Search this blog

Nov 30, 2011

Salt N Pepper

Woohoo! Malayalam has its first real food-porn film. We did not have Babette's Feast, Ratatouille, Julie & Julia or Chocalat but we now have Salt n Pepper.

For a film that is path breaker of its genre  Salt N Pepper  has managed to set high standards to anyone attempting a food-centered film in the future.  At the same time, it has remained a high grosser appealing to different sections of 'discerning' Malayali populace.

Lal, the lead actor in the role of an officer in the State Archeology department(in the pic: wearing blue shirt on the left) whose passion in life is food,  looks like he had his kattan chaya(or kaappi) in the morning and walked right into the set, into the movie and into your life. Shweta Menon has carved a niche for herself in Malayalam with hitherto non-existent roles being  written for her considering her talent and ‘advanced age’, which is a good sign for all actresses in Malayalam film industry. Shweta is in her mid thirties in an industry where it is the norm for actresses of that age to play mother or mother-in-law roles for our forever young fifty and sixty year old super stars. Asif Ali(in the pic: sporting neon green jacket) – the easy going, probably the one of the best in the new crop youngsters in Malluwood has a role that suits his style.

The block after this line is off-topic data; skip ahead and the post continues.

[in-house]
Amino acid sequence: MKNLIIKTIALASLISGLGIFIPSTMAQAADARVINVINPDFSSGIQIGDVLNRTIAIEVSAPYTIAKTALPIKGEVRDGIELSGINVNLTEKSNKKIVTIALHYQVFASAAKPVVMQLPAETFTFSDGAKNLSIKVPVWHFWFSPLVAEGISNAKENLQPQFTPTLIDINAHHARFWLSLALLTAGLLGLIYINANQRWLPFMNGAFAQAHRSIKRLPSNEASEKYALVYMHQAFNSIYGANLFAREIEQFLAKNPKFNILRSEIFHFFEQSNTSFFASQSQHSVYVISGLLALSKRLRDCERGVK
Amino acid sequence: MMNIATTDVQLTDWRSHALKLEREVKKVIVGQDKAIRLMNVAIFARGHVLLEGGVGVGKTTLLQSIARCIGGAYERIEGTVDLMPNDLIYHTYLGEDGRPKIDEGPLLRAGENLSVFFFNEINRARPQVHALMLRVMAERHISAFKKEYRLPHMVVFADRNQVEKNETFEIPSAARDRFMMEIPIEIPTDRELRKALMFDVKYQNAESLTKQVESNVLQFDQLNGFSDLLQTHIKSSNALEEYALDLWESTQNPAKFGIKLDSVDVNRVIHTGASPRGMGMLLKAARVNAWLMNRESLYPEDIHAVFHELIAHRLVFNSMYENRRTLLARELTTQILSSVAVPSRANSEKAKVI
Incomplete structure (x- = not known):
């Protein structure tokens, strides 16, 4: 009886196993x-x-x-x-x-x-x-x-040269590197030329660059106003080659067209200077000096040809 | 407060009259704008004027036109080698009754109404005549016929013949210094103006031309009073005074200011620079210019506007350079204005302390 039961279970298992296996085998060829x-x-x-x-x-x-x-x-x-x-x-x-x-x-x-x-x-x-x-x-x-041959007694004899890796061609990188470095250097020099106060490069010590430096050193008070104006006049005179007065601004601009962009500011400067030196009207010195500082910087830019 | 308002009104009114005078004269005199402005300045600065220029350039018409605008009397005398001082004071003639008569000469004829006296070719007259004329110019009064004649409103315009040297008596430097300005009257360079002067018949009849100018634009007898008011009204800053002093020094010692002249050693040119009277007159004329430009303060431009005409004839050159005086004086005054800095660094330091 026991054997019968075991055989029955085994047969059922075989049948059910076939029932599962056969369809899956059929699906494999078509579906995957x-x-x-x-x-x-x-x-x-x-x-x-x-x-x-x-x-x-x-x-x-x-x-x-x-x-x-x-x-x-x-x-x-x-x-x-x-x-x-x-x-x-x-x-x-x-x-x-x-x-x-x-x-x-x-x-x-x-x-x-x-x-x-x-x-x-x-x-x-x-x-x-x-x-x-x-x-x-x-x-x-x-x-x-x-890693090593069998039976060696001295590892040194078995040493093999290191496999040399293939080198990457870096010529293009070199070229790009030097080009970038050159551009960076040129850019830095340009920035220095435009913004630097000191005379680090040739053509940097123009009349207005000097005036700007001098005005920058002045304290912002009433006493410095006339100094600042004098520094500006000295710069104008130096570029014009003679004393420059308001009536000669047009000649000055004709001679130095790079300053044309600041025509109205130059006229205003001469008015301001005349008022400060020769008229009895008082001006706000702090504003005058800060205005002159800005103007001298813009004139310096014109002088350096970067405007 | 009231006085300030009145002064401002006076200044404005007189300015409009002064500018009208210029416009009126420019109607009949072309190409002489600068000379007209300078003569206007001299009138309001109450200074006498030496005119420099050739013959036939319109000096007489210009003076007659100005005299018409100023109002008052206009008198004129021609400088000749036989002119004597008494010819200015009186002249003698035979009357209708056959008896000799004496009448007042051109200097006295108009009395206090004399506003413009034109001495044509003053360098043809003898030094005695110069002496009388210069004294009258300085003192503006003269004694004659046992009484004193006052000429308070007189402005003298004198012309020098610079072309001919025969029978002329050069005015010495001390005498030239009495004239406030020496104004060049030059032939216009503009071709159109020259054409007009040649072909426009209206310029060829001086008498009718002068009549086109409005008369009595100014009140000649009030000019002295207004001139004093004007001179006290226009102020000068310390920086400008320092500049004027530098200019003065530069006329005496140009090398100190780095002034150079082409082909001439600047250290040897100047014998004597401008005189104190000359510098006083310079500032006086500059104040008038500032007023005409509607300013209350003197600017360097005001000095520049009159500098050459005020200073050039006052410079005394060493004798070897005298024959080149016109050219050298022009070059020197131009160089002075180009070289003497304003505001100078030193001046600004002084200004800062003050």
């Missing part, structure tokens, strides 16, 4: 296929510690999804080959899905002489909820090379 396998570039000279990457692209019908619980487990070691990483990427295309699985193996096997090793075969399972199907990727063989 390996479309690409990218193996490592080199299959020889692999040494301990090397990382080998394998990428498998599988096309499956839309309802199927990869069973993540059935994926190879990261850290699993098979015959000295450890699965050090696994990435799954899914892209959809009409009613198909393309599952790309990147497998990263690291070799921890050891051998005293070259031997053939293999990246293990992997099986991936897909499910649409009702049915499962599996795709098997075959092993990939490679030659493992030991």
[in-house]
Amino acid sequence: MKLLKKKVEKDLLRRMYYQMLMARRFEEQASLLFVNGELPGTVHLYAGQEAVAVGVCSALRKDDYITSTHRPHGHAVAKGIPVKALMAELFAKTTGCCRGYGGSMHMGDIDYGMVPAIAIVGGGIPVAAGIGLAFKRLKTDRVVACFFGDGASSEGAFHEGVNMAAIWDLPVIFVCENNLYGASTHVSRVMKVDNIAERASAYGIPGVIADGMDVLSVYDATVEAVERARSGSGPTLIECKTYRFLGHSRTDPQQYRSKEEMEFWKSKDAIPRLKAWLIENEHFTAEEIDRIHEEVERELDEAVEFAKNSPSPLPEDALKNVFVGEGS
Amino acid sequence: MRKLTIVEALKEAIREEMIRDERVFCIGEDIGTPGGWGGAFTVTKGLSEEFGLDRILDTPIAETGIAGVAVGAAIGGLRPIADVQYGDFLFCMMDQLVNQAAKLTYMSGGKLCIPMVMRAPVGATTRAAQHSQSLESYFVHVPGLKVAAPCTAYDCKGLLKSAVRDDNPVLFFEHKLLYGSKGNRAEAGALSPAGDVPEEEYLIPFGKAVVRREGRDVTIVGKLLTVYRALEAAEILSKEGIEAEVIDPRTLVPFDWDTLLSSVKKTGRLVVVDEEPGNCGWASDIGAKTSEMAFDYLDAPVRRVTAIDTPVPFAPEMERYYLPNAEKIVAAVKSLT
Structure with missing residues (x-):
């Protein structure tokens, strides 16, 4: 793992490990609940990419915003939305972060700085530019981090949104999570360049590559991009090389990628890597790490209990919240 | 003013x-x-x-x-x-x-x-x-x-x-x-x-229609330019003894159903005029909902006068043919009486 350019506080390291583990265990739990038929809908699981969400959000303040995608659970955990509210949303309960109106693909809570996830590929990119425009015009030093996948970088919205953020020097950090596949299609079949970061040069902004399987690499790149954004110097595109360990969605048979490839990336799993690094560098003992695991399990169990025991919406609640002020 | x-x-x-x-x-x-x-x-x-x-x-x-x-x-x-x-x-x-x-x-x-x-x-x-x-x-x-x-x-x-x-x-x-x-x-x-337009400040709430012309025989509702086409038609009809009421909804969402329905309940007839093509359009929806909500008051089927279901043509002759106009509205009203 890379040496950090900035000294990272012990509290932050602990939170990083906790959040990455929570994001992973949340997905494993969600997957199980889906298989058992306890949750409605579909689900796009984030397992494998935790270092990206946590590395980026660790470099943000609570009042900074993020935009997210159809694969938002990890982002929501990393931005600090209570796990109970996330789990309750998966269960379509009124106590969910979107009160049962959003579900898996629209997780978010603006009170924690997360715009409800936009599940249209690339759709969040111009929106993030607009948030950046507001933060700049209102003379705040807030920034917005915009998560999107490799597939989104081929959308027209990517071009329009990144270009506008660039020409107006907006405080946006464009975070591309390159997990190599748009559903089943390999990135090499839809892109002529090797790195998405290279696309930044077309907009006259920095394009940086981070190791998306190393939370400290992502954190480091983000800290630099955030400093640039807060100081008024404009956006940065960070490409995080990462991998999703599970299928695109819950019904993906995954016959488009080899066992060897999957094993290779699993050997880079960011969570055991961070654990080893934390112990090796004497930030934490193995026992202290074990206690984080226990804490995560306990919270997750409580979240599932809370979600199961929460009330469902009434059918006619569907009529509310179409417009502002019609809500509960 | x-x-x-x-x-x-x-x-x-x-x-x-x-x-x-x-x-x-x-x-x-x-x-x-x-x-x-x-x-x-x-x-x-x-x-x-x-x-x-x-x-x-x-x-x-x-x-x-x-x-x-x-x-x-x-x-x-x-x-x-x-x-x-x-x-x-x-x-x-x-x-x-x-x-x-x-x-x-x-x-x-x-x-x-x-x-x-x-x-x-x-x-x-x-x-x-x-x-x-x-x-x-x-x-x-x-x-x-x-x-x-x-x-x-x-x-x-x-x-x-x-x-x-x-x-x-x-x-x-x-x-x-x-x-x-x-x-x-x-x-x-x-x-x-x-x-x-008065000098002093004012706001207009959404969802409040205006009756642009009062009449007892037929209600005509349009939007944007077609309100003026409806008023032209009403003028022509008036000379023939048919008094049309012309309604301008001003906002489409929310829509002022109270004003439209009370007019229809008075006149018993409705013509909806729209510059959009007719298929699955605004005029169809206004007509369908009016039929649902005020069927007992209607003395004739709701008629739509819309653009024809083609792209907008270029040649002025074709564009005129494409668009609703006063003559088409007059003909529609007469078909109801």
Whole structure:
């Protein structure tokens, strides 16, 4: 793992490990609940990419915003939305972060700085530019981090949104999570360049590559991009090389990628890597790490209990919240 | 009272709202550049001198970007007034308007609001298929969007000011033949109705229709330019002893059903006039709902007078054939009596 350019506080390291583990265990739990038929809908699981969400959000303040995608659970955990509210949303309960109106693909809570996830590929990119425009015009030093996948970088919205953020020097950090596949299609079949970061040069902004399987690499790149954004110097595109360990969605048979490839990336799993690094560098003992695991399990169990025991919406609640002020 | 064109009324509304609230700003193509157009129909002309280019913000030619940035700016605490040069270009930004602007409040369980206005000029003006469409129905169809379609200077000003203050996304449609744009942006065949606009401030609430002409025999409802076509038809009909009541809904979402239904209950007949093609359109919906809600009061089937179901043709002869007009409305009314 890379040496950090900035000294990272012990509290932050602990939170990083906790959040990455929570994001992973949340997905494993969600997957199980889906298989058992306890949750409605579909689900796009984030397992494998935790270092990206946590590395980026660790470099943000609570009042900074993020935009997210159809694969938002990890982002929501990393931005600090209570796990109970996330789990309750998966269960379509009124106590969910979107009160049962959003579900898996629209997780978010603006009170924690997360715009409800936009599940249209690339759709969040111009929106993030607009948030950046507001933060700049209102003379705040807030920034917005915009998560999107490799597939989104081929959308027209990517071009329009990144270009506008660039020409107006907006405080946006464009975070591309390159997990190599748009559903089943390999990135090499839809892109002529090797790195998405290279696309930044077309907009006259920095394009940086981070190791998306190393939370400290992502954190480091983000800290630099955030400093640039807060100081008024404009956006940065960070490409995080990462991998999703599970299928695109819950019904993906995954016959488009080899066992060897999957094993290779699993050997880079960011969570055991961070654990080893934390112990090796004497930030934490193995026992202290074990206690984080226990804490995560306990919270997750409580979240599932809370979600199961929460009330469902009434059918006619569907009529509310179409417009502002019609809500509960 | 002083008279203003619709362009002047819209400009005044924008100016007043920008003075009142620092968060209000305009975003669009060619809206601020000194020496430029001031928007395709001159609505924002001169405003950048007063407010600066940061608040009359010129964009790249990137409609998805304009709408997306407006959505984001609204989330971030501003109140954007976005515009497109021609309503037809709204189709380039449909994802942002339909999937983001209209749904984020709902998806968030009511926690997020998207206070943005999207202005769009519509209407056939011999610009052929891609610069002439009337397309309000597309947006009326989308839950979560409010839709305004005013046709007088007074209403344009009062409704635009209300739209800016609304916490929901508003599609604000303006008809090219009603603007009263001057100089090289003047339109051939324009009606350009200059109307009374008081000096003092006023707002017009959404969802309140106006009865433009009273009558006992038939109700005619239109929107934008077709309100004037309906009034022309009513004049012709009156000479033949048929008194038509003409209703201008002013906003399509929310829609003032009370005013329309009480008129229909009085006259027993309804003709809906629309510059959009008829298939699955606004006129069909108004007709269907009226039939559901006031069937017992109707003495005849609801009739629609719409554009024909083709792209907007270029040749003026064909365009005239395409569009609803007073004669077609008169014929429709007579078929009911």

The actor who hits a gold mine with this movie is none of the above, it is Baburaj(in the pic: guy in the center murdering the chicken) who has appeared in umpteen Malayalam movies as the quintessential bad guy. Baburaj plays Babu the bachelor, hanuman-devotee super-chef with a personality to match. As an actor, this movie has to be a milestone, giving him a new image to explore.

On a personal front, Salt N Pepper is more attractive to me because it showcases my home city - Thiruvananthapuram and its more likeable parts like the Rajaveedhi from Kawdiar to Vellayambalam, the new underpass at Palayam, Napier Museum  and other familiar landmarks.

The opening and closing segments of the film are entertaining and innovative. Various famous restaurants and foods in Kerala are featured as the opening credits role in, which sets your lip smacking for the movie to begin. Once the whole fare is served – which was indeed a feast par excellence- we have the Malayali rock band Avial (coincidentally ‘avial’ is the name of a Kerala vegetable dish usually served with rice) signing off with foot thumping song, Aanakallan.
 Ashiq Abu has directed an irresistible hit, a delightful entertainer.

Reactions:

0 comments: